Friday, July 31, 2009

What's easier-- grown cats or kittens?

My seven years old daughter ADORES cats and we are looking to adopt two cats or two kittiens. I am concerned about the amount of time required to care for them. Any tip to make the job easier is also appreciated.
Thank you very much
This is just my opinion, but I think that grown cats will be easier to take care of, although they most likely won't live as long as the kittens. Some cats that are older don't like any attention at all, and will just leave you alone. But most kittens love to get affection from anyone and everyone, any time. Like I said before, though, older cats will not need as much play time and affection time as kittens.
Hope I helped!
-Lil' Princess
The best thing about cats is once you have them litter trained they pretty much are independent and can look after themselves. Grown cats can be tough to depends on their situation before being adopted by would want to make sure they were house broken, and that their previous owners kept them up to date with shots and things like that.
Kittens...will take more of your time...but might be more fun for your daughter because she will be able to raise them herself.
I've adopted both and without a doubt, grown cats. You can tell their personality right up front (kittens personalities are tough to judge) and you don't have the kitten crazies to deal with. Also the adults wait longer to get adopted so you are doing them a big favor. Go to the shelter and adopt the two friendliest adult cats you can find.
Cats, of course. But Kittens learn quickly, and they'll learn to take care of themselves and they live longer, leaving you to befreind them quicker then you can with the less playful Adult Cats.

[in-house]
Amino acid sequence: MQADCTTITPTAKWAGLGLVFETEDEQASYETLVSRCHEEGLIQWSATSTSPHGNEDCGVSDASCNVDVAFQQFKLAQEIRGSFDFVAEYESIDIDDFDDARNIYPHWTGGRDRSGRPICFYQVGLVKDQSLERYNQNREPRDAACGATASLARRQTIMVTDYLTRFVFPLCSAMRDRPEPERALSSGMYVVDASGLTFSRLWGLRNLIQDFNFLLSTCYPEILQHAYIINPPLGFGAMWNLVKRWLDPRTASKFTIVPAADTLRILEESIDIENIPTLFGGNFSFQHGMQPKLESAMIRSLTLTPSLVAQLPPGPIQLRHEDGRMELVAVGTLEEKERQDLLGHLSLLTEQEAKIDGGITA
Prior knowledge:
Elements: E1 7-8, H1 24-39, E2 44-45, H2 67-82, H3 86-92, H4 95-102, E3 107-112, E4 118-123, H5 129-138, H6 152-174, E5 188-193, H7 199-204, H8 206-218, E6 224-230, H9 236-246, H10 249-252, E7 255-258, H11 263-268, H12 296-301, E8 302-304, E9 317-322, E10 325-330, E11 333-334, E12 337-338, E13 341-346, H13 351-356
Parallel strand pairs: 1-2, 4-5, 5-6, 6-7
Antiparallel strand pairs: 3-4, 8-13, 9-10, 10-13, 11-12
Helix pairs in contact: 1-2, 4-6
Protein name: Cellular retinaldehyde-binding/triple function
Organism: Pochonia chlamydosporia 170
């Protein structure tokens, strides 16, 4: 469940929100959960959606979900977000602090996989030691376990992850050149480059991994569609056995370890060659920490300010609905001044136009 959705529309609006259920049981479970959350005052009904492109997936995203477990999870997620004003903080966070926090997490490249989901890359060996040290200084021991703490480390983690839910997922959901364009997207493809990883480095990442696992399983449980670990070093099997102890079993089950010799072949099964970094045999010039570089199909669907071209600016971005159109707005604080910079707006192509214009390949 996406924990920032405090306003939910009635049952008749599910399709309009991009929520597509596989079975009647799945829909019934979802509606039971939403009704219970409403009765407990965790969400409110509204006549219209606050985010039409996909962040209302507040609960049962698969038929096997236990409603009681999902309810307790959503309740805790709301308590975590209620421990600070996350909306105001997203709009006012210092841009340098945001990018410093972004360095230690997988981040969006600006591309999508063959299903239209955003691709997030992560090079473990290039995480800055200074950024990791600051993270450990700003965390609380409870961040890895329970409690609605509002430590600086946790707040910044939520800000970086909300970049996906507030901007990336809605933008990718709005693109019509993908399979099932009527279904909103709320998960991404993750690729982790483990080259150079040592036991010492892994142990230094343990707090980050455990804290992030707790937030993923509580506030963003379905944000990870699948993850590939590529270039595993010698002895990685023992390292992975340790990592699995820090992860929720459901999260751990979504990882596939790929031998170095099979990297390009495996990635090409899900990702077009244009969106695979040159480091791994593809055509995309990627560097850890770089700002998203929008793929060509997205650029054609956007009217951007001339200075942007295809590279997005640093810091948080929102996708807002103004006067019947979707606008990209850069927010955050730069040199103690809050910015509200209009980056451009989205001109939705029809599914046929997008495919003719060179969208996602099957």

Properly trained already housebroken adults cats...
I would say 2 kittens.Kittens get along very well with children and I think your daughter will enjoy having them.Just make sure the child handles them delicatly and kindly so it will not be afraid of them.2 Kittens will also be good because they can grow up together and also get along.Whereas 2 grown cats are sometimes harder to become friends with one another.Not only that but the kittens will grow up with your daughter, and you can be sure thats a wonderful friendship in the making.Although kittens do need more care then grown cats, kittens also sleep alot so it should be ok.Just try and have someone home alot.And being that you will get two kittens, they will mostly play with each other while people are gone, which keeps them out of alot of mischieve.Other then that just give them all the love and care you can, hope this helps :)
For a young child...kittens is the pick.
Grown cats are not always comfortable around kids (or people for that matter) and tend to pick one person or isolate themseves from a busy household. They take longer to acclimate to a new area/home.
Kittens, adjust easier, are very playful and take handling by children much better.
Cost is relatively the same for cats or kittens, though kittens may desire more toys. Cats and kittens both will sleep up to 20 hours a day though (more so for older cats).
Getting two can be a real treat and if you really want two, I dosuggest getting kittens. More playful, much more fun for the kids and there is nothing cuter than two kittens in full play mode. ( be warned, they will run full out from one end of the house to the other.)